Asia-Pacific

Bangkok prepares to re-open after Thailand protest

People cleaning the streets
Image caption Volunteers scrubbed off political graffiti

Businesses and government offices in Bangkok are set to reopen on Monday after a week of disruption caused by anti-government red-shirt protests.

PM Abhisit Vejjajiva said the capital was "returning to normalcy", as residents staged a clean-up drive.

Thousands of people used wooden brooms and buckets of water to clear the streets, after violence which left more than 50 people dead.

However, a curfew in the city has been extended for two nights.

"Everything is calm and returning to normalcy," the prime minister said in his regular Sunday television address.

He said he would return to his office from the army base where he had moved during the protests, reports the AP news agency.

'Shocked'

Mr Abhisit also defended the conduct of the security forces during their crackdown on anti-government protesters who had occupied parts of the capital for two months.

After the leaders of the red-shirts - named for the colour they adopted - surrendered, some protesters rampaged, setting fire to city centre shops and businesses.

Image caption One of Bangkok's main shopping centres was destroyed in the violence

Powerful hoses were used to clean up the debris, while electrical floor cleaners scrubbed the entrances to some shops to remove the black stains left from burning tyre barricades, reports the Reuters news agency.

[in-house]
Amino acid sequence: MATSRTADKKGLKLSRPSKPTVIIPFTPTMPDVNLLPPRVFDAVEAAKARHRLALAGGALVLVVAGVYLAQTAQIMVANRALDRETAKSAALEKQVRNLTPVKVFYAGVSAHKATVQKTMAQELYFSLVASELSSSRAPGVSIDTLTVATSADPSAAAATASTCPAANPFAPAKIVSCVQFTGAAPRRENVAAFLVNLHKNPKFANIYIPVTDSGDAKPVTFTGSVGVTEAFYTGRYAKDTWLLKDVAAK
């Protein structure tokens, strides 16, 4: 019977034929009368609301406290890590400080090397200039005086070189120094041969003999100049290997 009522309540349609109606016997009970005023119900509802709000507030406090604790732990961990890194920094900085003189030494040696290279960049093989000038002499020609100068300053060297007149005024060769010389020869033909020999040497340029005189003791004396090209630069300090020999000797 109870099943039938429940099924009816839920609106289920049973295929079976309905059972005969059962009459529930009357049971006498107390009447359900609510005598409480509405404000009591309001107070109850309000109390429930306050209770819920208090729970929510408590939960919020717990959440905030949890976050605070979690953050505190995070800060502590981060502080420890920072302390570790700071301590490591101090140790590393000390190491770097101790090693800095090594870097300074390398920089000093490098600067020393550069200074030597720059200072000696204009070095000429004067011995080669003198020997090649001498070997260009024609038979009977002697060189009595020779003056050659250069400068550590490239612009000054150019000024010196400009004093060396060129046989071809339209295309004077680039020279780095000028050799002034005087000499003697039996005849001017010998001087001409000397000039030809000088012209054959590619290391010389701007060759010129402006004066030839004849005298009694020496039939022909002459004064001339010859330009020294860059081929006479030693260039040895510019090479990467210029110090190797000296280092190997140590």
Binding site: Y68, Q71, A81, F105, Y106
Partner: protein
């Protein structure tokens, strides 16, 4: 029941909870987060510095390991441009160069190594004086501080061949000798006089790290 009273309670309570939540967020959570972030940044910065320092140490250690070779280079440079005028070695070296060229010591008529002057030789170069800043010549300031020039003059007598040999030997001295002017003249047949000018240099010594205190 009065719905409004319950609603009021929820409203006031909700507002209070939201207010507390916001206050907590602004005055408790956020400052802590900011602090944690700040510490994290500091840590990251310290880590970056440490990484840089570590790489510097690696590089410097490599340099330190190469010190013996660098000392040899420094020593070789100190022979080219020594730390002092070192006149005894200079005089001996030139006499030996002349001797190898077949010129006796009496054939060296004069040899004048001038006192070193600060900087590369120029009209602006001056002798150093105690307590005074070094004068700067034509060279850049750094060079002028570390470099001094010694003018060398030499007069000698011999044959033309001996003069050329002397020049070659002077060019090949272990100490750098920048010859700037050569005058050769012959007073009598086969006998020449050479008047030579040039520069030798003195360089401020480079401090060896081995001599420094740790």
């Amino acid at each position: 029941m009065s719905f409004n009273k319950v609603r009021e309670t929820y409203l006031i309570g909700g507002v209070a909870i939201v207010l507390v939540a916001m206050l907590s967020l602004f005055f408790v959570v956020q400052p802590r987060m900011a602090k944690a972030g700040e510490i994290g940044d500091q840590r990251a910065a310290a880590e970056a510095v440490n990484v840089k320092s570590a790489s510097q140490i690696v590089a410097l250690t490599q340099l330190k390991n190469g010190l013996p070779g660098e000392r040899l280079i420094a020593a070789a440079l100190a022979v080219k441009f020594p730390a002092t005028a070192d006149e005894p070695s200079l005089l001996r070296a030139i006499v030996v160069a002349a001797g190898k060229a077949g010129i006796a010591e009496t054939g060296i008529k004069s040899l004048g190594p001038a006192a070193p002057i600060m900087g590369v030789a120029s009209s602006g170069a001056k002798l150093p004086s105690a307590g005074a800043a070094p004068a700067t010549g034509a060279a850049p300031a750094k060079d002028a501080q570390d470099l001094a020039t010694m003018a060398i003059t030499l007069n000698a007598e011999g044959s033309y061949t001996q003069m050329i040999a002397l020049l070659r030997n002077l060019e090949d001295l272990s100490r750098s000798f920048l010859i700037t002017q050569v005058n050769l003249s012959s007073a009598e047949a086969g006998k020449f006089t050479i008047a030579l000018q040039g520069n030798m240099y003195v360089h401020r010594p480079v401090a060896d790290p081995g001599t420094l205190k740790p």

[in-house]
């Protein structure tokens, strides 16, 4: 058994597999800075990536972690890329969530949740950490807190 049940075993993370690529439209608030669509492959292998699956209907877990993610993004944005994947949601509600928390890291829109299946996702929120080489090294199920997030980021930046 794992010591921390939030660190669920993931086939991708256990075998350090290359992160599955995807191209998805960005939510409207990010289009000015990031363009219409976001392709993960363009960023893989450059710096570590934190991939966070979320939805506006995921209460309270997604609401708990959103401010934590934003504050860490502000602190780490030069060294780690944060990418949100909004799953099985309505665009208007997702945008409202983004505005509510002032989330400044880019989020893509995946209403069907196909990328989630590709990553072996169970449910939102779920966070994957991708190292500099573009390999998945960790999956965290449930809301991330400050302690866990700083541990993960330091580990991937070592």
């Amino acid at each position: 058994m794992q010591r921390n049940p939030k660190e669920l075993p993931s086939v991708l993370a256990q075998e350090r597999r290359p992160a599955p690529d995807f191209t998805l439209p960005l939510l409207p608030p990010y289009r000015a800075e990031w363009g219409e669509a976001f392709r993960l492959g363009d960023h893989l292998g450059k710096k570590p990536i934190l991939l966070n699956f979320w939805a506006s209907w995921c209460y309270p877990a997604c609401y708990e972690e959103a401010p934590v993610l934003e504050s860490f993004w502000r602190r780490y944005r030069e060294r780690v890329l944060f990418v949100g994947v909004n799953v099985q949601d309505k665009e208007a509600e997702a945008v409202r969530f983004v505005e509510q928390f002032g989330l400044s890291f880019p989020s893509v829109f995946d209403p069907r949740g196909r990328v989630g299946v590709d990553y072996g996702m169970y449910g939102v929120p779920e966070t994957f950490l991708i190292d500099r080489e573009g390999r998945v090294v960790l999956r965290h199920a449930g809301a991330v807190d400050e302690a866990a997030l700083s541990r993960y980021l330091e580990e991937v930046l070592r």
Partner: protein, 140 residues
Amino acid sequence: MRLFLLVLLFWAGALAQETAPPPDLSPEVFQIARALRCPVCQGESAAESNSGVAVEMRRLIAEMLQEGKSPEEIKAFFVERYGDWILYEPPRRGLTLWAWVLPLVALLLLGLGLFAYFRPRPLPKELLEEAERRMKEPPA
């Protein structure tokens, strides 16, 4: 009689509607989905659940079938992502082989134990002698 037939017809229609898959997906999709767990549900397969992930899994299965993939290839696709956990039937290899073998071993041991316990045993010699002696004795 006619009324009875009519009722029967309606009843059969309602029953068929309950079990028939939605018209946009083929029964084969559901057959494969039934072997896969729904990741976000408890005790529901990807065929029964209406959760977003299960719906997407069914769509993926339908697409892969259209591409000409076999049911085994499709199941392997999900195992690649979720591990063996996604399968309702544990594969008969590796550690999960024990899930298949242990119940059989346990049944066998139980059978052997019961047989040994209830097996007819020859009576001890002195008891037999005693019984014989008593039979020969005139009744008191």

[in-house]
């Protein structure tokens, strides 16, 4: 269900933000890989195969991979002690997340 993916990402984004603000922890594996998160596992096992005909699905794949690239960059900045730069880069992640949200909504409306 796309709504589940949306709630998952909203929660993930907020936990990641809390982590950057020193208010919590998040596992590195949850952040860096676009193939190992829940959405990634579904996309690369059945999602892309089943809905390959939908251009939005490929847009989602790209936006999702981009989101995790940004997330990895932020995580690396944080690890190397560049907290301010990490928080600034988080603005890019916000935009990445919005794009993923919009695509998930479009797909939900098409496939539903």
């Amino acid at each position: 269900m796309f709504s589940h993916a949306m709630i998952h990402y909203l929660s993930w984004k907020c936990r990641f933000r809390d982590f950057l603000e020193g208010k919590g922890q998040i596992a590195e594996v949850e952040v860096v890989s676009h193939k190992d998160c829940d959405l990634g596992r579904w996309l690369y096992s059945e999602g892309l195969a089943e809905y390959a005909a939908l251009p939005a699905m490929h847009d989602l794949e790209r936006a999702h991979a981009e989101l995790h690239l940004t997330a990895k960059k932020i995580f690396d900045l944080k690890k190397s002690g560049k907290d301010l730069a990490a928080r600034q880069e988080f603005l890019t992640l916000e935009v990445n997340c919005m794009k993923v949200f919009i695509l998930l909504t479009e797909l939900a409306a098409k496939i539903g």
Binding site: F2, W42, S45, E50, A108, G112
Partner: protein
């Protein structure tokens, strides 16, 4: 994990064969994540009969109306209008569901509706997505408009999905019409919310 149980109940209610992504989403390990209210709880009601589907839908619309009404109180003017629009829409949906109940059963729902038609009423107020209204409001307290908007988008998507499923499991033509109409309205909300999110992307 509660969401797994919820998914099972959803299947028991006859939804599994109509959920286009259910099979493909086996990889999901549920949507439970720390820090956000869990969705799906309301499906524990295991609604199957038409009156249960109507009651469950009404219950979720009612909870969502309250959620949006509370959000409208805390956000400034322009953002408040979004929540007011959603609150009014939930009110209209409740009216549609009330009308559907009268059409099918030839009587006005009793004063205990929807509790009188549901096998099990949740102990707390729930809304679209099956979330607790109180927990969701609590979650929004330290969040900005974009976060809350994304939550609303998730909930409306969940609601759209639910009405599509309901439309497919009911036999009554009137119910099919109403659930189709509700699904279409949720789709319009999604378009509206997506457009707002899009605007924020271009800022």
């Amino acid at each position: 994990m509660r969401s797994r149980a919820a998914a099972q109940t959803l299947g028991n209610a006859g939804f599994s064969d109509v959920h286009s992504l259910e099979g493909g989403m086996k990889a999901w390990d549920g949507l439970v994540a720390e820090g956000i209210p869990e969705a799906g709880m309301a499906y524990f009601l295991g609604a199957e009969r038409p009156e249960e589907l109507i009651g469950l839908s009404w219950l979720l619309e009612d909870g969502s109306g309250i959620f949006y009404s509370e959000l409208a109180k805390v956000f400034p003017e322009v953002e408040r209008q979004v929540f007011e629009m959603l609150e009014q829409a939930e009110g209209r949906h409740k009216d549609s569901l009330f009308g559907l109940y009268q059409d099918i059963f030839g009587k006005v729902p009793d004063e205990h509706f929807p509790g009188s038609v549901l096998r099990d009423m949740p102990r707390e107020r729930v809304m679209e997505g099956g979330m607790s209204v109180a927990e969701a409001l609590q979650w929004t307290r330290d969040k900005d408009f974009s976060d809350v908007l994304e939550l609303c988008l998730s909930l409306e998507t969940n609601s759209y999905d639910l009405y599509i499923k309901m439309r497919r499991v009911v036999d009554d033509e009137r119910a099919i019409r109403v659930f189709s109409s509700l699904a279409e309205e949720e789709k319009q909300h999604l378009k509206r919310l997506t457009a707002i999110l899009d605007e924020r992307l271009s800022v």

The volunteers joined municipal workers to scrape off political posters and washed graffiti from walls and streets.

"I was shocked at first after seeing what the place has become, but then I felt pumped up after seeing a lot of Bangkok residents coming out to help," Wannaporn Sukhonpan, 40, wearing waterproof boots and a face mask, told AP.

Some of Bangkok's Skytrain services also reopened on Sunday.

The BBC's Karishma Vaswani, in Bangkok, says that while cleaning up the city is no easy task, healing the divisions in an entire society is far more challenging.

Most people here feel the country's problems are far from over, she says.

The red-shirts were demanding the resignation of Mr Abhisit, saying his government came to power illegitimately.

Mr Abhisit had previously offered to hold elections in November but withdrew the offer when the red-shirts refused to end their protest.

Many of the protesters in Bangkok came from the north and north-east of Thailand, where support for former Prime Minister Thaksin Shinawatra, ousted in a 2006 military coup, remains strong.